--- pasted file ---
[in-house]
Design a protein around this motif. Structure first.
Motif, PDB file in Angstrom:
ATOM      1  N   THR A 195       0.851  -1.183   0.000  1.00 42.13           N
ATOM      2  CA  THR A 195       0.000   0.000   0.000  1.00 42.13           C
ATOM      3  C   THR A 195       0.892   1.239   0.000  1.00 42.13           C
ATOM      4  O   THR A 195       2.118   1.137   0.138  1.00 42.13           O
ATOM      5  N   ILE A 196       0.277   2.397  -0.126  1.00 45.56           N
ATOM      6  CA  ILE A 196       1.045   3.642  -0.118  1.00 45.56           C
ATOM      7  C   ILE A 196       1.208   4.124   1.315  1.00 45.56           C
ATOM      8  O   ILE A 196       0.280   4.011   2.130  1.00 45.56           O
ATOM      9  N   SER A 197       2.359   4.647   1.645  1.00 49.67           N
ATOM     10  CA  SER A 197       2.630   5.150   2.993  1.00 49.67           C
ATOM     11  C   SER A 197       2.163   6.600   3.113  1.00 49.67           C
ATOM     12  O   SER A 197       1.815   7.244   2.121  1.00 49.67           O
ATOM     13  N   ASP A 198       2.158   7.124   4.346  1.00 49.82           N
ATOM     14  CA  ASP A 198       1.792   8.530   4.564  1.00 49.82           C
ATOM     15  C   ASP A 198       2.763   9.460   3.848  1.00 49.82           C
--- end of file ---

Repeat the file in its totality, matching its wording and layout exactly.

[in-house]
Design a protein around this motif. Structure first.
Motif, PDB file in Angstrom:
ATOM      1  N   THR A 195       0.851  -1.183   0.000  1.00 42.13           N
ATOM      2  CA  THR A 195       0.000   0.000   0.000  1.00 42.13           C
ATOM      3  C   THR A 195       0.892   1.239   0.000  1.00 42.13           C
ATOM      4  O   THR A 195       2.118   1.137   0.138  1.00 42.13           O
ATOM      5  N   ILE A 196       0.277   2.397  -0.126  1.00 45.56           N
ATOM      6  CA  ILE A 196       1.045   3.642  -0.118  1.00 45.56           C
ATOM      7  C   ILE A 196       1.208   4.124   1.315  1.00 45.56           C
ATOM      8  O   ILE A 196       0.280   4.011   2.130  1.00 45.56           O
ATOM      9  N   SER A 197       2.359   4.647   1.645  1.00 49.67           N
ATOM     10  CA  SER A 197       2.630   5.150   2.993  1.00 49.67           C
ATOM     11  C   SER A 197       2.163   6.600   3.113  1.00 49.67           C
ATOM     12  O   SER A 197       1.815   7.244   2.121  1.00 49.67           O
ATOM     13  N   ASP A 198       2.158   7.124   4.346  1.00 49.82           N
ATOM     14  CA  ASP A 198       1.792   8.530   4.564  1.00 49.82           C
ATOM     15  C   ASP A 198       2.763   9.460   3.848  1.00 49.82           C